Tuesday, May 21, 2013 9:56 PM
Courtesy photo by Adrienne Webster. Attorney Chinwe Enu returned to school to become an opera singer. She performs her graduation recital Feb. 5 at St. Luke's Parish in Bladensburg.
Published on: Wednesday, January 26, 2011
By Daniel Engelberg
Chinwe Enu has the energy and enthusiasm expected of an opera student. Her arms swing into her words and her head eagerly nods as she recounts the narrative of her life. She occasionally sings a few lines of verse while recounting a story.
Few would imagine her circuitous route to the arts; once considering medicine and later earning her law degree before finally pursuing her love of opera. At 32, Enu is Maryland’s freshest initiate into professional opera.
At 7 p.m. Feb. 5, the soprano in voice and Nigerian by birth, will perform her University of Maryland graduation recital, “How Can I keep From Singing” at St. Luke’s Parish in Bladensburg.
The name of her performance derives from a hymn by Robert Lowry. Coming full circle from one career to another, Enu can’t imagine anything preventing her from singing the joy she feels.
Enu’s story begins in Lagos, Nigeria, where her father, an organist and assistant choir master at his high school, played jazz and classical music in the house. Enu preferred lip-syncing to Madonna and Billy Ocean and singing.
“I would sing all the time, really loudly, and pretty badly I’m sure,” Enu said.
The young artist never encountered opera until, at age 15, she immigrated to the United States and attended Phillips Exeter Academy. Her voice teacher, Mary Ann Valaitas, recognizing a natural talent, suggested she take up opera and attend the Tanglewood Young Artists Program.
“That’s where officially I got bitten by the bug,” she said.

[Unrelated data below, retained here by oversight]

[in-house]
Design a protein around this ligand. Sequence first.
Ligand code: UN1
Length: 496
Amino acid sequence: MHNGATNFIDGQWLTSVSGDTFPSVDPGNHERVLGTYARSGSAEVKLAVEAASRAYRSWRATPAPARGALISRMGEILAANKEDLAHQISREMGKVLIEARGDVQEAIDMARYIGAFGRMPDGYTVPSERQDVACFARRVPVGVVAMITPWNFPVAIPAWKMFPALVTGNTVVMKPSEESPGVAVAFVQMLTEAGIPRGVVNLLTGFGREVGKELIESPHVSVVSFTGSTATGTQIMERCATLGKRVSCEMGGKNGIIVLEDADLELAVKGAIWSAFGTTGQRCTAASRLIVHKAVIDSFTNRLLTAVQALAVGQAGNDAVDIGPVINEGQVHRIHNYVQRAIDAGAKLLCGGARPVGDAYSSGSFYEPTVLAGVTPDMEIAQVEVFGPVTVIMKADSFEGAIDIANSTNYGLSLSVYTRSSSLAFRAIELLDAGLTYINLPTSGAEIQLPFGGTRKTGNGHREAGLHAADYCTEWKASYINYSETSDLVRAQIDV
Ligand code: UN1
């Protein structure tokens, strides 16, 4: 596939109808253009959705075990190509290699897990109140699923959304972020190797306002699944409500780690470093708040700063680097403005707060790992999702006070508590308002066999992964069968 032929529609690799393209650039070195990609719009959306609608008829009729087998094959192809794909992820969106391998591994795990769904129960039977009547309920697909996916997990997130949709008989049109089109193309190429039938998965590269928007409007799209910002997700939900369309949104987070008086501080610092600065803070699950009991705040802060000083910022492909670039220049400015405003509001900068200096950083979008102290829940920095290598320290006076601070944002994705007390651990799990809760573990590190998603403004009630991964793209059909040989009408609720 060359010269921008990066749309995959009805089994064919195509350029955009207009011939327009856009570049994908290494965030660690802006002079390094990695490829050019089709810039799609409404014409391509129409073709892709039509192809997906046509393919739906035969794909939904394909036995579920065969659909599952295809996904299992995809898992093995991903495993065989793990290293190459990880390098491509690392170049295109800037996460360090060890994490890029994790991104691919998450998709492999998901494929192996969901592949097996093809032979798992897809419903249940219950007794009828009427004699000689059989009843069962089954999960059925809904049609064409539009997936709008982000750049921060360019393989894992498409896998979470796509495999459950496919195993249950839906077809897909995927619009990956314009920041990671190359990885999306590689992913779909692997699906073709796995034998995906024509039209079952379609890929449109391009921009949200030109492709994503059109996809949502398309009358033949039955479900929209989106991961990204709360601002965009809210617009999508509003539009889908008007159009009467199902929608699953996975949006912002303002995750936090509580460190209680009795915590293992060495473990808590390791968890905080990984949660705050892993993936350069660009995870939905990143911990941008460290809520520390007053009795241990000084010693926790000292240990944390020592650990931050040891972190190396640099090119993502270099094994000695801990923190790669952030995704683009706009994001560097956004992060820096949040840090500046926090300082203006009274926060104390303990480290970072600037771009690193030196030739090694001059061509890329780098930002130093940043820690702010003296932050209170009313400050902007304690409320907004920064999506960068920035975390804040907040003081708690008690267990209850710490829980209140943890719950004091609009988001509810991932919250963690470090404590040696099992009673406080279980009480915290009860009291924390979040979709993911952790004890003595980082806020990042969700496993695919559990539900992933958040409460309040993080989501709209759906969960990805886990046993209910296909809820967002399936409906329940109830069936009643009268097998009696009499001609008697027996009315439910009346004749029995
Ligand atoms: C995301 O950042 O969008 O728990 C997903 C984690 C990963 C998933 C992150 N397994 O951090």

Enu knew even then that she wanted to be an opera singer, but parental expectations led her down a different path. She attended Vassar College to study pre-med and continued singing, but dropped the pre-med studies when the balance proved too much. Eventually, she graduated Vassar with a Bachelor of Arts in science, technology, and society and, again with prompting from the family, subsequently earned her law degree at Georgetown University.
Even before changing career paths, Enu continued to sing. At Georgetown, while other law students did law-related extracurricular activities, she joined the Gilbert and Sullivan society, singing in operettas and musicals. She found voice teacher Charles Williams and later traveled to Austria for voice lessons.
Pursuing law made Enu increasingly unhappy.
“That whole period I was sad; I had been doing a lot of crying in the bathroom,” she remembered.
Her life changed with a single song in 2005. The piece was “Ebben Ne Andro Lontana” from the opera “La Wally” by Alfedo Catalani as sung by Renée Fleming. As soon as the first note hit, she knew she had to return to opera. She didn’t know it at the time, but the song’s lyrics speak of a girl who uneasily leaves the house of her mother because her father does not approve of the man she loves. Enu stepped away from her family to her love, opera.